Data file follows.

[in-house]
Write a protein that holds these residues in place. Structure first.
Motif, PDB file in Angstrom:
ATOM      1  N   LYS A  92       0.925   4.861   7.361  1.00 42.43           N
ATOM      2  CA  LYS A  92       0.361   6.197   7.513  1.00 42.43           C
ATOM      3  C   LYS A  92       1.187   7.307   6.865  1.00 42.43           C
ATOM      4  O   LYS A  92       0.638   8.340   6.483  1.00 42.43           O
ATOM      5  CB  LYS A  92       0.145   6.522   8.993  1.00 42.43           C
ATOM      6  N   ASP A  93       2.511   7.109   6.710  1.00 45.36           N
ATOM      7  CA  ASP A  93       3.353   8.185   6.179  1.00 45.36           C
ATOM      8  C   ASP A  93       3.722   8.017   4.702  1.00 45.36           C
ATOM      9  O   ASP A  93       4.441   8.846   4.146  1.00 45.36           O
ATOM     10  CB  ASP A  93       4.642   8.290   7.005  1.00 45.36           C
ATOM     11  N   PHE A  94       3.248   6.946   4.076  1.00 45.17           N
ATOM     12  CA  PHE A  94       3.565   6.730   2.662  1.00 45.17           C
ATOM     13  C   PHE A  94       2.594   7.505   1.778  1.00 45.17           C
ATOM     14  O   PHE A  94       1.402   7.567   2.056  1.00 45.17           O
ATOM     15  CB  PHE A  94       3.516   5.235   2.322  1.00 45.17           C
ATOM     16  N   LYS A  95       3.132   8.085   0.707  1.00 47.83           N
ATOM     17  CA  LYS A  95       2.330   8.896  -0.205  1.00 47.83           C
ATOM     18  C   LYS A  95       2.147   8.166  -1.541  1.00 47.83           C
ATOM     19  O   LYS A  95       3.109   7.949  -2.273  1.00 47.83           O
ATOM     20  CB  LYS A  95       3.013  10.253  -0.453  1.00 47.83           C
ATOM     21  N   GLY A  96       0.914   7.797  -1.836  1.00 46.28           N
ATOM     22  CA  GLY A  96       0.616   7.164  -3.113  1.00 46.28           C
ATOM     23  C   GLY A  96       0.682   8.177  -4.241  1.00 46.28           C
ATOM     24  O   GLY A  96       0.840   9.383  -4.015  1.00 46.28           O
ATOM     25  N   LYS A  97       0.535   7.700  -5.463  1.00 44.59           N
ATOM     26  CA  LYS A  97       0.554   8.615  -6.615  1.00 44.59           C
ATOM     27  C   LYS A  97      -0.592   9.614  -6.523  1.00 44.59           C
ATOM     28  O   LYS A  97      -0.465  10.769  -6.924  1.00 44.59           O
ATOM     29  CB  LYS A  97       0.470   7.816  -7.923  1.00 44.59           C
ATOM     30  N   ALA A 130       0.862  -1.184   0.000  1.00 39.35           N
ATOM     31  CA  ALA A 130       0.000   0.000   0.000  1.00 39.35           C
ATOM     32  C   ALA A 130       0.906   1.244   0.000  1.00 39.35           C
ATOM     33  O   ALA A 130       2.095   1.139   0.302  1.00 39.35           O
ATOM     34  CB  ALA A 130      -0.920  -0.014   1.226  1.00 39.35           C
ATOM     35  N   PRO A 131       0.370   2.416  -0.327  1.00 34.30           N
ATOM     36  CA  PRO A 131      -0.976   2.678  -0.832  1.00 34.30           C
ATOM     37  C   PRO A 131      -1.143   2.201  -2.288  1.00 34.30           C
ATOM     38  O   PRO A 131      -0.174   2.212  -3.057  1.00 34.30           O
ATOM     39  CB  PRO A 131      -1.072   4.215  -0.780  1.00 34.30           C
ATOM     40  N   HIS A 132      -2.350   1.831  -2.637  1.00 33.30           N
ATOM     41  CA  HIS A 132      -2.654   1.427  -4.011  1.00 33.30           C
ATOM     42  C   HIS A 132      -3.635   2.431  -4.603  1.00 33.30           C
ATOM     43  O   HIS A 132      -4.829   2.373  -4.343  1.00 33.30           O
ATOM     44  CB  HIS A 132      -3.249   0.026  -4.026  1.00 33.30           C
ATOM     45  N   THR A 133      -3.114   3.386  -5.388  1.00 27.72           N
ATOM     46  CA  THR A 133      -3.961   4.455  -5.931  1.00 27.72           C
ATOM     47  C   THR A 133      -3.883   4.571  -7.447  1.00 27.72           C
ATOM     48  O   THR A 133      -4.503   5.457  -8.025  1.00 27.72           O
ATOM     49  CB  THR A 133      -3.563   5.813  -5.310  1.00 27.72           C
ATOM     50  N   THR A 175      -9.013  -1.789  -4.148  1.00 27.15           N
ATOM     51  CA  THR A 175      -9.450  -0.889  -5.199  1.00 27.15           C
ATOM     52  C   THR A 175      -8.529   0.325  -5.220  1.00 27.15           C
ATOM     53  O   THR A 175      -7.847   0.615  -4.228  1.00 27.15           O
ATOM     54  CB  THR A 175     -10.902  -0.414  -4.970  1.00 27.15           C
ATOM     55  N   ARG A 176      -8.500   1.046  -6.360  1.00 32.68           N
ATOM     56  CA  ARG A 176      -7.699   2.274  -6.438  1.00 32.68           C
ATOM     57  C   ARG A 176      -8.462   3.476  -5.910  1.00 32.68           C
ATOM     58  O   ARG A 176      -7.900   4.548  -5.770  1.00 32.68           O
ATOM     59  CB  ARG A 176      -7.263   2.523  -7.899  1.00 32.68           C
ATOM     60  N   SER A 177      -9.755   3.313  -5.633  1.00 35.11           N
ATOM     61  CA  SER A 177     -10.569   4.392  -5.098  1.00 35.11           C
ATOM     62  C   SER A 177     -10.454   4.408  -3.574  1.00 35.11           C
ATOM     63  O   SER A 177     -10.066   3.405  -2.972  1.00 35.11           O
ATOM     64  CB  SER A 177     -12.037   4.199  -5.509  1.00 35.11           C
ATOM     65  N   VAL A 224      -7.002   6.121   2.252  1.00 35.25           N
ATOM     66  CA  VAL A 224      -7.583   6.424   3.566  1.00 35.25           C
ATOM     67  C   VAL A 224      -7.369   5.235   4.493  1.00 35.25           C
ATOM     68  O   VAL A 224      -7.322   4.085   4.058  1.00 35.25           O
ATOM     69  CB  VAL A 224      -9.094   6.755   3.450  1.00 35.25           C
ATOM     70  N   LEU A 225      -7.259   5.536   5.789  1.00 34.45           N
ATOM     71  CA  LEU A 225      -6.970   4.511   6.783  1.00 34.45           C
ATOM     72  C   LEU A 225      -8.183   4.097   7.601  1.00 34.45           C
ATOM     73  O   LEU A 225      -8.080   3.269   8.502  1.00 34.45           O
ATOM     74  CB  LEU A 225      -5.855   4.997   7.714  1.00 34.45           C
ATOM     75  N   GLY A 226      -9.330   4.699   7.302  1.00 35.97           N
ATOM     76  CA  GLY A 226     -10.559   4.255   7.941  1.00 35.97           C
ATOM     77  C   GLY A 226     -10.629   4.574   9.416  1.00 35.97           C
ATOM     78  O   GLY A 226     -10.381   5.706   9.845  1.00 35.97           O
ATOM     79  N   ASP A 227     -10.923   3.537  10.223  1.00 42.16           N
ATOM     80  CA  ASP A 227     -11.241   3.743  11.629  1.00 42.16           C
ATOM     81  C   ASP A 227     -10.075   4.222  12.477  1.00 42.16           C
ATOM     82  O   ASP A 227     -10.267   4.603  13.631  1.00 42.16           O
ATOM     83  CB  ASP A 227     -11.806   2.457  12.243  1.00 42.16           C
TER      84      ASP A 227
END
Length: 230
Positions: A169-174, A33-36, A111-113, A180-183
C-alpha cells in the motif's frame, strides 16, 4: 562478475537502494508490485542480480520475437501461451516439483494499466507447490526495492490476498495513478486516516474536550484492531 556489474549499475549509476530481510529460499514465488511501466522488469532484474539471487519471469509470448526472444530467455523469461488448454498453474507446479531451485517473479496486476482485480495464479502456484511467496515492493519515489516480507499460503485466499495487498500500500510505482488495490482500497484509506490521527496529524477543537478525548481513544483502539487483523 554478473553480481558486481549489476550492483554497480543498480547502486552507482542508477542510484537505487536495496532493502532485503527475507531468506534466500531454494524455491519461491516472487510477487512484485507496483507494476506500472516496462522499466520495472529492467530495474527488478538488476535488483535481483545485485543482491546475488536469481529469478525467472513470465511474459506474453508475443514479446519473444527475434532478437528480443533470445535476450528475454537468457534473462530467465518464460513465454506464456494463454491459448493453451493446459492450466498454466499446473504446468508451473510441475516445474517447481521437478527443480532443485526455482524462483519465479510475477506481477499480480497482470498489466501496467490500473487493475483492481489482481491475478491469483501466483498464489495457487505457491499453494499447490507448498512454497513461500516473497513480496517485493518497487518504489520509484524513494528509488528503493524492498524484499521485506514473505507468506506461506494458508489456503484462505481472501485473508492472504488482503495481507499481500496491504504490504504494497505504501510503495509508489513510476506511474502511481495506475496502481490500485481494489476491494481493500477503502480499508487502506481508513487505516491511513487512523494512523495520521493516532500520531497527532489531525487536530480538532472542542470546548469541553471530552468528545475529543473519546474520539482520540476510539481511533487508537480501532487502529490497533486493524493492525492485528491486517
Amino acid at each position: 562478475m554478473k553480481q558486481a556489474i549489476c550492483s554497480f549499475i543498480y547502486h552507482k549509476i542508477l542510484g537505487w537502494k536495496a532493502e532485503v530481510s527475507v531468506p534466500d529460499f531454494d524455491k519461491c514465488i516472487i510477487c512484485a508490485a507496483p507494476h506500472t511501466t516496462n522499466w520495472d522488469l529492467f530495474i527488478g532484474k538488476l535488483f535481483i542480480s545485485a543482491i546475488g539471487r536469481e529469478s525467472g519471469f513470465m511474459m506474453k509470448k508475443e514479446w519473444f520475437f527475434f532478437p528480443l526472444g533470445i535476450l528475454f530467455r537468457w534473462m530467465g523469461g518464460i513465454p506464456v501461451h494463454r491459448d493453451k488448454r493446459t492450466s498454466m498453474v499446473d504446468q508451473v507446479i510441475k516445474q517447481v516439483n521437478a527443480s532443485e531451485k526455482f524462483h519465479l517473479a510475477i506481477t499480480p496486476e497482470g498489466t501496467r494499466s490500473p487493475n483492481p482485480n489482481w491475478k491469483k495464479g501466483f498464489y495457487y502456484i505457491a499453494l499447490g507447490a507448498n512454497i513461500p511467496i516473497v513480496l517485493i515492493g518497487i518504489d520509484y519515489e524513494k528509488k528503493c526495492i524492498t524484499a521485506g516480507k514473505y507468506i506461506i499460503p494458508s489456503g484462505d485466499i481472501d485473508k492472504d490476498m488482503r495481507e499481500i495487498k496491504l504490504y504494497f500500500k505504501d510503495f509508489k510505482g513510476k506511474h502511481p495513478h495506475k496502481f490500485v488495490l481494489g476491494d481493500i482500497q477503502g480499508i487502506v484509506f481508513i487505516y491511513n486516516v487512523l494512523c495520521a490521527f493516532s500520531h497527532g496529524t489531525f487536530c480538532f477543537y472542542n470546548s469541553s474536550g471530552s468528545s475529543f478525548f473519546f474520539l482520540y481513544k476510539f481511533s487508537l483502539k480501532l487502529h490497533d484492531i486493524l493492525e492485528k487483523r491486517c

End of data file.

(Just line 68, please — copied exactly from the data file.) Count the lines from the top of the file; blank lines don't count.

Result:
ATOM     65  N   VAL A 224      -7.002   6.121   2.252  1.00 35.25           N